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Assessment of Airborne Exposure to Trihalomethanes from Tap Water in Residential Showers and Baths

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This study evaluates airborne concentrations of common trihalomethane (THM) compounds in bathrooms during showering and bathing in homes supplied with chlorinated tap water. Three homes in an urban area were selected, each having three bedrooms, a full bath, and approximately 1,000 square feet of living area. THMs were concurrently measured in tap water and air in the shower/bath enclosure and the bathroom vanity area using Summa canisters. Chloroform (TCM), bromodichloromethane (BDCM), and chlorodibromomethane (CDBM) were quantified using U.S. Environmental Protection Agency (EPA) Method TO-14. Air samples were collected prior to, during, and after the water-use event for 16 shower and 7 bath events. Flow rate and temperature were measured, but not controlled. The increase in average airborne concentration (± standard error) during showers (expressed as μg/m3 in shower enclosure or bathroom air per μg/L in water) was 3.3 ± 0.4 for TCM, 1.8 ± 0.3 for BDCM, and 0.5 ± 0.1 for CDBM (n = 12), and during baths was 1.2 ± 0.4 for TCM, 0.59 ± 0.21 for BDCM, and 0.15 ± 0.05 for CDBM (n = 4). The relative contribution of each chemical to the airborne concentrations was consistent for all shower and bath events, with apparent release of TCM> CDBM. The results are therefore consistent with their relative concentration in tap water and their vapor pressures. When the shower findings for TCM are normalized for water concentration, flow rate, shower volume, and duration, the average exposure concentrations in these urban residences are about 30% lower than those reported by other investigators using EPA analytical methods. This difference is likely attributable primarily to greater air exchange rates in residential shower/bath stalls compared to more “airtight” laboratory shower chambers. This appears to be the first field study to thoroughly evaluate THM exposures from residential showers and baths, and can be used to validate previously published models of tap water volatile chemical transfer to indoor air.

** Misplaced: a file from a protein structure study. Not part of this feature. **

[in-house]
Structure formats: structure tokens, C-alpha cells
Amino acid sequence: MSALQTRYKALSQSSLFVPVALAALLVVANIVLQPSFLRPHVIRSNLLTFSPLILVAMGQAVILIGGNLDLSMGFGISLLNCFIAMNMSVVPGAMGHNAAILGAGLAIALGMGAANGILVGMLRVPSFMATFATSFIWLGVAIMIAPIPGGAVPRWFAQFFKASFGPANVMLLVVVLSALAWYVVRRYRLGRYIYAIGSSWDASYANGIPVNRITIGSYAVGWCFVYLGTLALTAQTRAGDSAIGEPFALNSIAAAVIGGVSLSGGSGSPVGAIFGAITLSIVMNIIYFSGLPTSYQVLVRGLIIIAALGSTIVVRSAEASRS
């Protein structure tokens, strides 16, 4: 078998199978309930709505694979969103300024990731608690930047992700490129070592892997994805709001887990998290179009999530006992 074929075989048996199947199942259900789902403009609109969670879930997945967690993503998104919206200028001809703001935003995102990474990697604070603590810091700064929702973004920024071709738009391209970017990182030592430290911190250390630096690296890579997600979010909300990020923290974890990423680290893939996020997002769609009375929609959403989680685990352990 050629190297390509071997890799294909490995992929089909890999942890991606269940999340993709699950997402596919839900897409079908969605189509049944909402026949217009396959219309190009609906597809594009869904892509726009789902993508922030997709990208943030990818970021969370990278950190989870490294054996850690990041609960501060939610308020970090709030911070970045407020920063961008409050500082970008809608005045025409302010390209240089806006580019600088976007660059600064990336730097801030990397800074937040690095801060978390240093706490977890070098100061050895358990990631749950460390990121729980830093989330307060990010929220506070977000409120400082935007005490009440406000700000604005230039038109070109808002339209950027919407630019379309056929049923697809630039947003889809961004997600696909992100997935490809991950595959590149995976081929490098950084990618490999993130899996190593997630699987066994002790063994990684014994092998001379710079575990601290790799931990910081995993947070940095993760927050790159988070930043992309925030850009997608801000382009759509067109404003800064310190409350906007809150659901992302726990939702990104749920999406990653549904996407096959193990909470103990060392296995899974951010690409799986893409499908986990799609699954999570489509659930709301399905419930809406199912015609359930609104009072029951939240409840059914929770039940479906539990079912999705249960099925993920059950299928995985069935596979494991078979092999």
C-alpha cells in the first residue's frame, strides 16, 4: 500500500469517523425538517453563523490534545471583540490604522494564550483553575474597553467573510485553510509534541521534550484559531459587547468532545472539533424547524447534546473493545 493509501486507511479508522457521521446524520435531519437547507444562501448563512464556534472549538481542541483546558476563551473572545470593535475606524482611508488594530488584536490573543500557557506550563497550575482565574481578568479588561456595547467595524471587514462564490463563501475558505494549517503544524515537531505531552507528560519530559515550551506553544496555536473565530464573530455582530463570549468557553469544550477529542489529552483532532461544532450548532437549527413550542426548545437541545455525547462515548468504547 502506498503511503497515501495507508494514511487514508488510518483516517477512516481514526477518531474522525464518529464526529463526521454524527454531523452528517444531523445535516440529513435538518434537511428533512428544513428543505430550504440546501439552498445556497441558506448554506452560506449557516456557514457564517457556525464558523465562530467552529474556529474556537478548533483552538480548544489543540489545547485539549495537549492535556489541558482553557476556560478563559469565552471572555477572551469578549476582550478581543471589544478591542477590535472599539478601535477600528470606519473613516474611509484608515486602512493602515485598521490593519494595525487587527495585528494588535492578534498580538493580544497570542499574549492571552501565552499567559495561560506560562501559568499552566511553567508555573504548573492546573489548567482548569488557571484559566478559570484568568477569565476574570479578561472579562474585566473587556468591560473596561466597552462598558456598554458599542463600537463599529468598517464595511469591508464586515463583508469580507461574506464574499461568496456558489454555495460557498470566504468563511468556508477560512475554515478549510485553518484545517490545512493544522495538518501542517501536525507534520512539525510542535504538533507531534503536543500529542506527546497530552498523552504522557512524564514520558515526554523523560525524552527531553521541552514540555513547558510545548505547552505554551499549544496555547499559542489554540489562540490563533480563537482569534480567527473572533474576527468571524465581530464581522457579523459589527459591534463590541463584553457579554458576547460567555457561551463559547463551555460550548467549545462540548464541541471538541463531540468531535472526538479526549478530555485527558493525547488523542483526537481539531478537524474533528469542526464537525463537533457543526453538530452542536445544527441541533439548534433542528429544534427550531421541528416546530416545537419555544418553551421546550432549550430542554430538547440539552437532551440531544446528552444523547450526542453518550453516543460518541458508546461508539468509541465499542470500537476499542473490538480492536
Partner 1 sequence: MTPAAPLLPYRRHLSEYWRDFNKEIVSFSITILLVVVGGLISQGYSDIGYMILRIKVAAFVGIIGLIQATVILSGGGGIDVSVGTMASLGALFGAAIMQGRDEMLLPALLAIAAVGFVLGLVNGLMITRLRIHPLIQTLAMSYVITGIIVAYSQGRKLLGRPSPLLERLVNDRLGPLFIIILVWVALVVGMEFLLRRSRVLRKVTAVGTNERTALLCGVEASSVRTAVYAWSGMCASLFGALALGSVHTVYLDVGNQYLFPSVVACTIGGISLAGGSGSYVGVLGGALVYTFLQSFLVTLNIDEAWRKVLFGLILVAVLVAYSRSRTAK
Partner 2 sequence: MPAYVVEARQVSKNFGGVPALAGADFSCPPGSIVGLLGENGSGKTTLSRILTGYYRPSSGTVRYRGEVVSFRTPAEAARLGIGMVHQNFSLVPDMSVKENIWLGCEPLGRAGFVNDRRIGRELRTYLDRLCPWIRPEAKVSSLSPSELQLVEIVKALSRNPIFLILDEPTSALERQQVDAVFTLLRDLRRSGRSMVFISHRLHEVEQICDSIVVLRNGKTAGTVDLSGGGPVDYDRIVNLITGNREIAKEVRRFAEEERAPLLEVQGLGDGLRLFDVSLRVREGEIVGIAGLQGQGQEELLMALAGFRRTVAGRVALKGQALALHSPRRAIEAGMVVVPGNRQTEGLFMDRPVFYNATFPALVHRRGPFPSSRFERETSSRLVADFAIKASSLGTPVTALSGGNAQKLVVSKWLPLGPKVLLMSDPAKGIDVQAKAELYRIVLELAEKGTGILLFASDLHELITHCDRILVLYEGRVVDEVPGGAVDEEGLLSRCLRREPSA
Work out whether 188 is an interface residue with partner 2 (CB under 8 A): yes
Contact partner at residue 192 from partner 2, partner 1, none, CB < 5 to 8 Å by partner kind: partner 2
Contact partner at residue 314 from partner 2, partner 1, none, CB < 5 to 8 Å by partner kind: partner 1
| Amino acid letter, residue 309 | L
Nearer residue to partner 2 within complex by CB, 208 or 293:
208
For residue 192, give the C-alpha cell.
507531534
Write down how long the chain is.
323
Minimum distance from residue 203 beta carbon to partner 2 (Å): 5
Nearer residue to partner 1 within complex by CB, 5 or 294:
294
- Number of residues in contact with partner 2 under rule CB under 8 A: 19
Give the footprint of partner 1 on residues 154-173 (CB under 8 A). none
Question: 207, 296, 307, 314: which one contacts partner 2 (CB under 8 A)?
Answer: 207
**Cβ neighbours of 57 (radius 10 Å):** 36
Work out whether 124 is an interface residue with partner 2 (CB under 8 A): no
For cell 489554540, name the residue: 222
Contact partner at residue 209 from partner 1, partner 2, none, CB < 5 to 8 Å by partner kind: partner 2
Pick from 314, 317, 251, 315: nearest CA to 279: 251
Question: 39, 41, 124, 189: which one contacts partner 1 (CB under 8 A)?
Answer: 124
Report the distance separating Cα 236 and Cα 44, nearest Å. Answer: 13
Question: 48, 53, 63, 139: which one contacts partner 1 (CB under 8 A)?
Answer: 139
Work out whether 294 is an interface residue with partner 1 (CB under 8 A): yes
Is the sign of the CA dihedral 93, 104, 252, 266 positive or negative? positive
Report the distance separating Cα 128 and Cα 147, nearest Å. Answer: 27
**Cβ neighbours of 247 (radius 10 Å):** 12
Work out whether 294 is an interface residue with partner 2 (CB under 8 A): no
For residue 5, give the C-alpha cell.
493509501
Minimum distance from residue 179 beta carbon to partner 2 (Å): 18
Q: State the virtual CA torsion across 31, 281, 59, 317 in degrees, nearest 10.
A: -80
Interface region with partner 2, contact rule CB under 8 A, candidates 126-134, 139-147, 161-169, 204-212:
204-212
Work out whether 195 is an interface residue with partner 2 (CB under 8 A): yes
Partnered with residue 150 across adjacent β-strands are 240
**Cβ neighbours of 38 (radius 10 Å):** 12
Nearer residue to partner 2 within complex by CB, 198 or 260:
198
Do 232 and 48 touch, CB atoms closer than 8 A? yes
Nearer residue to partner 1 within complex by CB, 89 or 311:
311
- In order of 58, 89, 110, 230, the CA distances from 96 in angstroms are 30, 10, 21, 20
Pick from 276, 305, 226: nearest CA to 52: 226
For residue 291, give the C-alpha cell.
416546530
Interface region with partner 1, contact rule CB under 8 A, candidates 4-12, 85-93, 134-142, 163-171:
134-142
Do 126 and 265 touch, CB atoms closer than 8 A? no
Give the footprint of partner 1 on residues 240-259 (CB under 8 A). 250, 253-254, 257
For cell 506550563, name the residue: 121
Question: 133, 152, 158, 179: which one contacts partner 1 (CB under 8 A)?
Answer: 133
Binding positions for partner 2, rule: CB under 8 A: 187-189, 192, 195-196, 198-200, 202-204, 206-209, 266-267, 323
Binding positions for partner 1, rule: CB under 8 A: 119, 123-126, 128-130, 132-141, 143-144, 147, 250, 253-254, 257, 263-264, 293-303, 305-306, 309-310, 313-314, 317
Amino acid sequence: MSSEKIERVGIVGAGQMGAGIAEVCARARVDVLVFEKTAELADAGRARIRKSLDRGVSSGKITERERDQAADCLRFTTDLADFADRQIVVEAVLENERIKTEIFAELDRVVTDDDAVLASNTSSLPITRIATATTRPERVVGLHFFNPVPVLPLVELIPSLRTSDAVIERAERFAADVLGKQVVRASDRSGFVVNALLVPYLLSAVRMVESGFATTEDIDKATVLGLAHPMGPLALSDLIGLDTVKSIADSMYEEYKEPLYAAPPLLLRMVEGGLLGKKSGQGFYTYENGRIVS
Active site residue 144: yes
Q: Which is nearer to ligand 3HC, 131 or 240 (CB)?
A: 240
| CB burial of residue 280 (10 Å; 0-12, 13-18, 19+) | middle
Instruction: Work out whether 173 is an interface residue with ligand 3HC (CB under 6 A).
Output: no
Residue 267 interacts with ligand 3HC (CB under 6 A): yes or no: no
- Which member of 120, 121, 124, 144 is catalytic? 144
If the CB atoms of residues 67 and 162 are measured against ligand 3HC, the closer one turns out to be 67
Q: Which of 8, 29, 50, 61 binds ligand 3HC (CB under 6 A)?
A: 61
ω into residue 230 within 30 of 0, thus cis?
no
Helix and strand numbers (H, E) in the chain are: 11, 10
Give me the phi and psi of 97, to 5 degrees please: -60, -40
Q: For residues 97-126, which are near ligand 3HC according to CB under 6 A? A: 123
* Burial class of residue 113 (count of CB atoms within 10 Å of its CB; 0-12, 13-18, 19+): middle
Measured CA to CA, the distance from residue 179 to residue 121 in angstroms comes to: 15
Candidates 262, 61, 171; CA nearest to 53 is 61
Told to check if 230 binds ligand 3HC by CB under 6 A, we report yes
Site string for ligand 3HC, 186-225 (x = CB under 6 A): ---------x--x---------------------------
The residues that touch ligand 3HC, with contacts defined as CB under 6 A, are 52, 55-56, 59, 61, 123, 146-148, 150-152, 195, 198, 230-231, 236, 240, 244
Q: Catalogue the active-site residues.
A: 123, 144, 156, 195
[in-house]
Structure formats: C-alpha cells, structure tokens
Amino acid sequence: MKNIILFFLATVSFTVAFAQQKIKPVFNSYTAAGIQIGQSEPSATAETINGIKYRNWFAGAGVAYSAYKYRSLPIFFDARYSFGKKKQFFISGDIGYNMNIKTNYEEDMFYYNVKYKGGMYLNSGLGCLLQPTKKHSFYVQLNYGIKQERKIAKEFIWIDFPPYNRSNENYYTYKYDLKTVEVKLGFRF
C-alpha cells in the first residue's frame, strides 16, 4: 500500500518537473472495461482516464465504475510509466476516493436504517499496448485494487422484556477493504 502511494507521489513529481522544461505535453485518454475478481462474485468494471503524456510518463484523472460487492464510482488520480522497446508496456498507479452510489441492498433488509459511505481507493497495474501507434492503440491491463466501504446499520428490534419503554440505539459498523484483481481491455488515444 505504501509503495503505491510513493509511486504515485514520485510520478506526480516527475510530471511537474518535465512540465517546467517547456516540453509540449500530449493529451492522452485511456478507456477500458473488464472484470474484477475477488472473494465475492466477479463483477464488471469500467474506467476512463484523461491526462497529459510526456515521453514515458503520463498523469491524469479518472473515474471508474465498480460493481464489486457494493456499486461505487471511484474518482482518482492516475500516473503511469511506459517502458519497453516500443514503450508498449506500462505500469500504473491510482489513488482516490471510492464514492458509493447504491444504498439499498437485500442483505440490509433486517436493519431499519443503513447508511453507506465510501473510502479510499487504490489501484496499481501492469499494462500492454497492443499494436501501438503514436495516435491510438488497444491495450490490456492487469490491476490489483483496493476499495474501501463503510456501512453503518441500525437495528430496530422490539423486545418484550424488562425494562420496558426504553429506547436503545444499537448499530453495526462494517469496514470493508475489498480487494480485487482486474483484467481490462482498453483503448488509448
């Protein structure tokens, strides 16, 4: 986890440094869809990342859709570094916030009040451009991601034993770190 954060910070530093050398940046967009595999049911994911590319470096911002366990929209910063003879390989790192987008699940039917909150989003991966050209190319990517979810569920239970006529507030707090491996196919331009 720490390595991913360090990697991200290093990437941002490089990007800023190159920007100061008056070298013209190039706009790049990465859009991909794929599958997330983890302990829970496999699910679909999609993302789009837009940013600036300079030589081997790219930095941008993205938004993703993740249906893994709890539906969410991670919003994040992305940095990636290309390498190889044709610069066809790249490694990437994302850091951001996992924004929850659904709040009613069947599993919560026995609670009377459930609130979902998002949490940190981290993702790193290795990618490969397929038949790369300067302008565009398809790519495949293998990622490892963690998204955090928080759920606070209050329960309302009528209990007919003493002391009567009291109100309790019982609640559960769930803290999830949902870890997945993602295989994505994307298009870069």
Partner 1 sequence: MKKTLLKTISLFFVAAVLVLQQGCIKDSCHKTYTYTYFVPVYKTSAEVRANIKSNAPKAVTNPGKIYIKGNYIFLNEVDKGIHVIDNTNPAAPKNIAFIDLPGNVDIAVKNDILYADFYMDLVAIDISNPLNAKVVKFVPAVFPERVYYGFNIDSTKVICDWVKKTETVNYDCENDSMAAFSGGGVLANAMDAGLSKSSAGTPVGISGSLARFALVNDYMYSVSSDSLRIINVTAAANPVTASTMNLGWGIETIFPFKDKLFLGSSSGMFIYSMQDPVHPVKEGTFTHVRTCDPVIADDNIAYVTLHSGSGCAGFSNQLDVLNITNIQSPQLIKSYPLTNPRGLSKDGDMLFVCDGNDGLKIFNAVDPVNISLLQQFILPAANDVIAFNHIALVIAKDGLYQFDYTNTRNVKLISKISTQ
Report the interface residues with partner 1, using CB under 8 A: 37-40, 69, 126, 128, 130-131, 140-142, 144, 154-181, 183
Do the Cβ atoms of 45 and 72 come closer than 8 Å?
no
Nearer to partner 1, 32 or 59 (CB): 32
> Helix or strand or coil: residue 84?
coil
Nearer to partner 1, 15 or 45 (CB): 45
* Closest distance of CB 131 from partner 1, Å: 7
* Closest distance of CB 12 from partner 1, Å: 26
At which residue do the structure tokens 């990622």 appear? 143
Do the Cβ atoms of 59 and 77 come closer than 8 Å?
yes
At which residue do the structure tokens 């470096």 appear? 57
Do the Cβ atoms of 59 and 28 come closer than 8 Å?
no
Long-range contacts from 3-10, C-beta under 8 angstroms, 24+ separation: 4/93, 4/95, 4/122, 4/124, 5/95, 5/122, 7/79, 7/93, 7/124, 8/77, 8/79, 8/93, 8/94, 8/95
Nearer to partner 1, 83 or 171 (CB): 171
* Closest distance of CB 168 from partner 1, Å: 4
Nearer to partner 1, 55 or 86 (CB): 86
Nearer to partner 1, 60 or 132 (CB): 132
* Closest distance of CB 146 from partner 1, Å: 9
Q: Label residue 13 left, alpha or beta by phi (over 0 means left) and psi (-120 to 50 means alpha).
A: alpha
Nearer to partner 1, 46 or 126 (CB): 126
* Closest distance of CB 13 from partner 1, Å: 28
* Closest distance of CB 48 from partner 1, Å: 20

Keywords: Chloroform; airborne; bath; shower; trihalomethanes

Document Type: Original Article


Affiliations: 1: Health Science Resource Integration, Inc., Tallahassee, FL., 2: Consultant, Red Bluff, CA., 3: Exponent, Menlo Park, CA.

Publication date: October 1, 2000


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